Jumbo Perch in the Shoal Lakes of Manitoba

It was five years ago that I first heard about the fantastic fishing for jumbo perch on this shallow prairie lake. Having to check it out for myself the first perch I caught on East Shoal measured 38.10 centimetres or 15 inches.
I had never seen a perch this big before, never mind landed one.  I knew right away that this was a special lake and since that time the fishing has gone down a bit as more and more anglers make the trip. The important part in all of this is to remember to release those trophy fish. A perch that size is old, probably about ten years of age.
Yellow perch spawn once a year in spring using large schools and shallow areas of a lake or low-current tributary streams. They do not build a redd or nest. Spawning typically takes place at night or in the early morning. Females have the potential to spawn up to eight times in their lifetimes. While East Shoal Lake is relatively shallow, flooding over the last ten years has allowed the perch and pike to thrive and has prevented winter kill because of the improved water levels. North Shoal Lake and West Shoal Lake also have perch, pike and some stocked walleye. All of these lakes can be fished in the summer but access is not easy. A small boat is recommended.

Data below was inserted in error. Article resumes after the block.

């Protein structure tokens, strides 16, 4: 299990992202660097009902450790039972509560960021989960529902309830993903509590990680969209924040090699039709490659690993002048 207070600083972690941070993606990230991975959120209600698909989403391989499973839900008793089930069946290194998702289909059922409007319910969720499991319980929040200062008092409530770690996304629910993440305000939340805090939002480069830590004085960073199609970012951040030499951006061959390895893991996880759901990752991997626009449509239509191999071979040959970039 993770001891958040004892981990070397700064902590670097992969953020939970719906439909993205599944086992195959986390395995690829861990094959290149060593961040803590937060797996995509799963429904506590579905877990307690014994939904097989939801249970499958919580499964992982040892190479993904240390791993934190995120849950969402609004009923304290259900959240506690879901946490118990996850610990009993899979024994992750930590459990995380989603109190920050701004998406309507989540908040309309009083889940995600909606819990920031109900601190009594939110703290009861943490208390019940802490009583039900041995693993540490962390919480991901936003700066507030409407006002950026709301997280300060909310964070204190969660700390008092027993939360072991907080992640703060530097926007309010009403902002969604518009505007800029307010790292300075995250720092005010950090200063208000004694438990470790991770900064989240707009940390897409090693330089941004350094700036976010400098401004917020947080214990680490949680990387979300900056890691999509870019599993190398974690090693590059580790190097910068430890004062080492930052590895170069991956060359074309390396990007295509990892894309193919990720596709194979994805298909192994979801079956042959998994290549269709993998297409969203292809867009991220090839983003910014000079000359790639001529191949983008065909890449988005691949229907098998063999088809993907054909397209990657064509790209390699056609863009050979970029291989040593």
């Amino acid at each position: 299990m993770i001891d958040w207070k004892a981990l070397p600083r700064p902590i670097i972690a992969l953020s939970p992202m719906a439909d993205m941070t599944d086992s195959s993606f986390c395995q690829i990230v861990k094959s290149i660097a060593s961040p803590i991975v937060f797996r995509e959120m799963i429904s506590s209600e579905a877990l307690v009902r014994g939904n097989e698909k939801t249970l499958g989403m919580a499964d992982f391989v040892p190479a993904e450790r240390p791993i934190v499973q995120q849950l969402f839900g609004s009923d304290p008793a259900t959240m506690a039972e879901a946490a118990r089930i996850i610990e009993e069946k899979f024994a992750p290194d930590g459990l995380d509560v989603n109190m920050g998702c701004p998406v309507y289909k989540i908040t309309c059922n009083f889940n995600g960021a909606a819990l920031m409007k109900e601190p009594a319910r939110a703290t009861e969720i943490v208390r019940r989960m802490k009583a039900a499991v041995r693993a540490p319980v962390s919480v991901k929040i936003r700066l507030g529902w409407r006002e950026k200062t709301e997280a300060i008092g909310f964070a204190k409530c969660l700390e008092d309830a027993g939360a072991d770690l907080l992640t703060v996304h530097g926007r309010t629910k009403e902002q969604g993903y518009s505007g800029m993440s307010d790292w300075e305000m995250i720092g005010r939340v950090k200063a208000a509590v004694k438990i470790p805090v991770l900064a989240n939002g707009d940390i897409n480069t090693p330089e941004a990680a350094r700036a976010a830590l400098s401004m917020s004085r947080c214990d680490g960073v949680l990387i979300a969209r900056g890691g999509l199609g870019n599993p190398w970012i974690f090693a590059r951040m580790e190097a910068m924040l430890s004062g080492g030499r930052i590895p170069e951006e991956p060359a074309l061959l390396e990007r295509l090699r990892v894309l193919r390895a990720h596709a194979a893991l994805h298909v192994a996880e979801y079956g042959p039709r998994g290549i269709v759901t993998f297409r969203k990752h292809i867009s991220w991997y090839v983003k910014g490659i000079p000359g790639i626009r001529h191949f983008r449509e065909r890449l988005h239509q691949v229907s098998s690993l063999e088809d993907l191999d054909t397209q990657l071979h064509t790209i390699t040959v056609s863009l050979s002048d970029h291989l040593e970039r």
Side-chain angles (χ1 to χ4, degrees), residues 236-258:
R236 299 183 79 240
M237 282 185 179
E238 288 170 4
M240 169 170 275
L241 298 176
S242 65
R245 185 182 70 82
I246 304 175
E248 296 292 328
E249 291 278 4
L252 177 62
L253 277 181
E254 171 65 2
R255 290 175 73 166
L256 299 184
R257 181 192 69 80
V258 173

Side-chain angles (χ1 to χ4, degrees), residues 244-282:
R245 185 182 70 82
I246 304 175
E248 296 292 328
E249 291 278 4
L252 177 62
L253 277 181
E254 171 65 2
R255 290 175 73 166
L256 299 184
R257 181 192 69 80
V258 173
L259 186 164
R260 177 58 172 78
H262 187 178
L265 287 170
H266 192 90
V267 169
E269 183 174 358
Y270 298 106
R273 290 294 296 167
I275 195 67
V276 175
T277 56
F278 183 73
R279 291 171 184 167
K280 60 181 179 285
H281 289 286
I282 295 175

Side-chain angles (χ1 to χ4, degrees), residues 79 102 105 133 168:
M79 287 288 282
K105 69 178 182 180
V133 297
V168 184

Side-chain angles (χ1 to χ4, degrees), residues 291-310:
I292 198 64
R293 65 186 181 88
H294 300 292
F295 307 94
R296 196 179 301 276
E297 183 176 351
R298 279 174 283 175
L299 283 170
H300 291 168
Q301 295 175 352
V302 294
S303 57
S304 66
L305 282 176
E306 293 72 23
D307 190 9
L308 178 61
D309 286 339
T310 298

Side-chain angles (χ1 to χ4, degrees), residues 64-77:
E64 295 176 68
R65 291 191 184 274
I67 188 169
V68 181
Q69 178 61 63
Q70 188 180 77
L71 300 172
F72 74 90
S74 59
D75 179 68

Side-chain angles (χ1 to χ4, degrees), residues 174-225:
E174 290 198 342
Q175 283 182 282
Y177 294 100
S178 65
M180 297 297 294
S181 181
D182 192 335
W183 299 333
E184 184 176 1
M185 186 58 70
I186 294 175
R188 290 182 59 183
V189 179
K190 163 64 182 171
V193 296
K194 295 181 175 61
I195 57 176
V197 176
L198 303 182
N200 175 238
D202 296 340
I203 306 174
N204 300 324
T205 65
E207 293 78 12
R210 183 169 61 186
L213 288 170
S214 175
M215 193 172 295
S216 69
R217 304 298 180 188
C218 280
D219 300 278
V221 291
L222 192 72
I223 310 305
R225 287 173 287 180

PERCH WATERS; For years East Angling Lake in the Duck Mountains was the place for jumbo perch. The largest perch registered on the all-time Master Angler list is now 42.42 centimetres or 16.7 inches. It was caught by Kate Upton ice fishing in West Shoal Lake which lies a short distance away. All my trips over the last five years have been to East Shoal with access off of Highway 415. There are at least a couple of different ways to get on the lake but this has worked the best for me.

In some bodies of water, spoons and minnow parts work best for perch and in other bodies of water, especially prairie lakes, real small jigs tipped with bloodworms, maggots and shrimp work best. This is a forage preference. Perch in our prairie lakes fatten up on scuds or freshwater shrimp.
On recent trips I have been targeting those fish eating shrimp. Most have been in water less than nine feet so the use of my small tungsten1/16 G-WHOPPER JIG from Bentley fishing has been a perfect fit. It’s molded in the shape of an ice cube and has a “Swarvoski” crystal on the top of its head. This crystal provides a unique flash as it drops weight forward to the bottom. The square shape also allows the jig to rest on the bottom with the hook up. Tipped with a small orange power maggot from Berkley it proved to be deadly in getting big fish to bite.

When fish are scattered, calling them in from a distance can be the key. For that reason I like to use the Lindy Rattl’N Flyer jig. It has a sideways glide action and when dropped will disturb sediment on the bottom. This cloud will attract perch who think other perch are feeding on the bottom. On the last trip I would jig aggressively with five or six drops then hold the jig just off the bottom about a foot. Once I marked a fish I would twitch the bait and lift it to see the reaction of the fish on the Humminbird Ice 55 Flasher. On this day there was no hesitation, that jumbo perch would come up and inhale the bait.